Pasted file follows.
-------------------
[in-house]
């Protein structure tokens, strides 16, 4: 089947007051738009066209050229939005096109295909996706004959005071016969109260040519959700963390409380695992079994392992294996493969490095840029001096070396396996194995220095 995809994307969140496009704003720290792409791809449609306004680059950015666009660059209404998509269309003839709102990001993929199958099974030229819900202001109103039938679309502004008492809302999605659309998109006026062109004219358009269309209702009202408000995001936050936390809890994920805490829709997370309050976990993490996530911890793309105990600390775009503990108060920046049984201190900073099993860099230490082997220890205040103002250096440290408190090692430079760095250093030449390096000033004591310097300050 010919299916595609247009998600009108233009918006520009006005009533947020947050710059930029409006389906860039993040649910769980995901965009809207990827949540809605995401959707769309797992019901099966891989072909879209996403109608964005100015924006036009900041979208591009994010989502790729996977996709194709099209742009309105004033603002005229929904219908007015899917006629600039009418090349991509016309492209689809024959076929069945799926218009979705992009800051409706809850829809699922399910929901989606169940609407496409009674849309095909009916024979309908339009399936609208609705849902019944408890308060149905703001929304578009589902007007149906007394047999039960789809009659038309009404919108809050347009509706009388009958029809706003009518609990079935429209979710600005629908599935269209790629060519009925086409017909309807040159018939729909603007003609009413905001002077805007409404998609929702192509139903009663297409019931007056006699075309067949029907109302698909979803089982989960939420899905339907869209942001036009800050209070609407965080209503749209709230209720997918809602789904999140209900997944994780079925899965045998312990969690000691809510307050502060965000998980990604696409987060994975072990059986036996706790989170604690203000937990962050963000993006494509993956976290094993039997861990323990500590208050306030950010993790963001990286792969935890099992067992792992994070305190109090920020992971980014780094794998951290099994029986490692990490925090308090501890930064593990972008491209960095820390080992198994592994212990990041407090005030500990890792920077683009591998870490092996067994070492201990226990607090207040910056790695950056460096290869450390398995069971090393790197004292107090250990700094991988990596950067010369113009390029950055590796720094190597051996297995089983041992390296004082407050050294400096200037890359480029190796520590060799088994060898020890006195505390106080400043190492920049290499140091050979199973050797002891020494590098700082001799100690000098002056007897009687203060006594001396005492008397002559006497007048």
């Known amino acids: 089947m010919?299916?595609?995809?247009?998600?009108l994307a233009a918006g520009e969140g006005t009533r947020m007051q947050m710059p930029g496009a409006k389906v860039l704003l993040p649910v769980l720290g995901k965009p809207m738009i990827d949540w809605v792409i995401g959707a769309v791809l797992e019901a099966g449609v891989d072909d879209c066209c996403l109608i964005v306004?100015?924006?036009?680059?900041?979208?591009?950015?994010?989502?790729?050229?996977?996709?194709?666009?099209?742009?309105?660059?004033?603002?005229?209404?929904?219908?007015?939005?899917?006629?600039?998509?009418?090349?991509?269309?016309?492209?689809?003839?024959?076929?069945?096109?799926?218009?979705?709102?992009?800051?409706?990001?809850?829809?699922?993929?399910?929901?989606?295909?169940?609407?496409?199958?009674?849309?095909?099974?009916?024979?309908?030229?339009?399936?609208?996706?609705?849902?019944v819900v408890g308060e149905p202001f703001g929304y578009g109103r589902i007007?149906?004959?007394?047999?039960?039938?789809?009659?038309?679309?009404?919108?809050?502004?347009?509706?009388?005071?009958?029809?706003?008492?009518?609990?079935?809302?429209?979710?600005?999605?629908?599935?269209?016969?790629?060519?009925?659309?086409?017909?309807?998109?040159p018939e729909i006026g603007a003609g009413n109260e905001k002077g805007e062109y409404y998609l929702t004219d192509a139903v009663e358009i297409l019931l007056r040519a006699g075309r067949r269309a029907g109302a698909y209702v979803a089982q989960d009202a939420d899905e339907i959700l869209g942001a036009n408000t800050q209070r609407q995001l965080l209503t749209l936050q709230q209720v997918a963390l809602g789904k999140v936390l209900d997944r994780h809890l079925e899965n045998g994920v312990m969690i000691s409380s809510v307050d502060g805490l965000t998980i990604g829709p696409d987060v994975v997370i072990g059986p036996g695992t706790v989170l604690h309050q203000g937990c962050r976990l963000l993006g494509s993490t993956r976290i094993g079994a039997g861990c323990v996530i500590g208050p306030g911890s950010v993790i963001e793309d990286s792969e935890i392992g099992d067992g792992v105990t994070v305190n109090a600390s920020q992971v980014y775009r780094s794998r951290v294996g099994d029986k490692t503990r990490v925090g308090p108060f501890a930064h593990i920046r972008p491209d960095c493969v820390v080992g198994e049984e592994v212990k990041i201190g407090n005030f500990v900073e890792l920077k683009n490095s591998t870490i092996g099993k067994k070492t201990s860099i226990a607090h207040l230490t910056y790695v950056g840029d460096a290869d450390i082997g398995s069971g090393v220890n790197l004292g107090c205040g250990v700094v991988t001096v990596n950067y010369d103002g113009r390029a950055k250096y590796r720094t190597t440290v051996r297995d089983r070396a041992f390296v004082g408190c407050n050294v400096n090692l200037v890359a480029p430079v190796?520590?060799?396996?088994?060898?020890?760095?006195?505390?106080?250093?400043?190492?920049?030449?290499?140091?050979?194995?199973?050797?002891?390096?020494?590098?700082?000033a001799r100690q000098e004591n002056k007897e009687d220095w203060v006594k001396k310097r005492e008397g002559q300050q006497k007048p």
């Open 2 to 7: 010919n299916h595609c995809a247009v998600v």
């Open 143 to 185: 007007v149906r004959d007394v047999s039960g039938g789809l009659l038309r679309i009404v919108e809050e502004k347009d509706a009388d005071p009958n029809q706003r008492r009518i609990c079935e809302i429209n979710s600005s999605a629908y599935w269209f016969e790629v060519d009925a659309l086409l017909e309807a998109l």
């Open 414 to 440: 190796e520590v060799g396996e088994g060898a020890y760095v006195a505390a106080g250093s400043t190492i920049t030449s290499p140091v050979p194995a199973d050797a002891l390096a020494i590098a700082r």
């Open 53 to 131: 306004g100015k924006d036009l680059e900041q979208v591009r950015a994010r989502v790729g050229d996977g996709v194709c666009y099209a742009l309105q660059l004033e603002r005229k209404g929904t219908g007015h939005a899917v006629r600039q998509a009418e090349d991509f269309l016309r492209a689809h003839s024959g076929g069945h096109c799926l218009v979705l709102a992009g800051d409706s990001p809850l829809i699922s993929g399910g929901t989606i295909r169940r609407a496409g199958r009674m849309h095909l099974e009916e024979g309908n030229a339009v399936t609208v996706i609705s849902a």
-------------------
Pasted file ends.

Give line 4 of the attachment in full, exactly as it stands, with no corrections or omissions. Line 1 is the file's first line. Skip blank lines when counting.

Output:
């Open 2 to 7: 010919n299916h595609c995809a247009v998600v």